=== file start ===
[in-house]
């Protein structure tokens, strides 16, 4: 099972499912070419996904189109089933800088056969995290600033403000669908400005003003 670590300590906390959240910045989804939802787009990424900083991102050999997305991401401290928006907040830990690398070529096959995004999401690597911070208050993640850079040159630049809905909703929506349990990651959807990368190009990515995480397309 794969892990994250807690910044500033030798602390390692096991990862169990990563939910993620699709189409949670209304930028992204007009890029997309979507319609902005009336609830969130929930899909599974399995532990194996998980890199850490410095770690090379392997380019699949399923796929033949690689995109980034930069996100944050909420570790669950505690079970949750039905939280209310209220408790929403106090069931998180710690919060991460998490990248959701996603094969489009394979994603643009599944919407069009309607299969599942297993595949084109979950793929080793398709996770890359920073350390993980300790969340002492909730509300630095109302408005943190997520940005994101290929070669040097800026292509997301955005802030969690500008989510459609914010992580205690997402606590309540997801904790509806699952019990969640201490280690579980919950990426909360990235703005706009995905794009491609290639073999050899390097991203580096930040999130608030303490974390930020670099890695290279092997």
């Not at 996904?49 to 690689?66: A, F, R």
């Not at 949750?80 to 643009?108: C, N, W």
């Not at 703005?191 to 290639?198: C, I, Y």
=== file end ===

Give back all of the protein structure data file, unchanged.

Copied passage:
[in-house]
């Protein structure tokens, strides 16, 4: 099972499912070419996904189109089933800088056969995290600033403000669908400005003003 670590300590906390959240910045989804939802787009990424900083991102050999997305991401401290928006907040830990690398070529096959995004999401690597911070208050993640850079040159630049809905909703929506349990990651959807990368190009990515995480397309 794969892990994250807690910044500033030798602390390692096991990862169990990563939910993620699709189409949670209304930028992204007009890029997309979507319609902005009336609830969130929930899909599974399995532990194996998980890199850490410095770690090379392997380019699949399923796929033949690689995109980034930069996100944050909420570790669950505690079970949750039905939280209310209220408790929403106090069931998180710690919060991460998490990248959701996603094969489009394979994603643009599944919407069009309607299969599942297993595949084109979950793929080793398709996770890359920073350390993980300790969340002492909730509300630095109302408005943190997520940005994101290929070669040097800026292509997301955005802030969690500008989510459609914010992580205690997402606590309540997801904790509806699952019990969640201490280690579980919950990426909360990235703005706009995905794009491609290639073999050899390097991203580096930040999130608030303490974390930020670099890695290279092997």
């Not at 996904?49 to 690689?66: A, F, R």
């Not at 949750?80 to 643009?108: C, N, W």
């Not at 703005?191 to 290639?198: C, I, Y």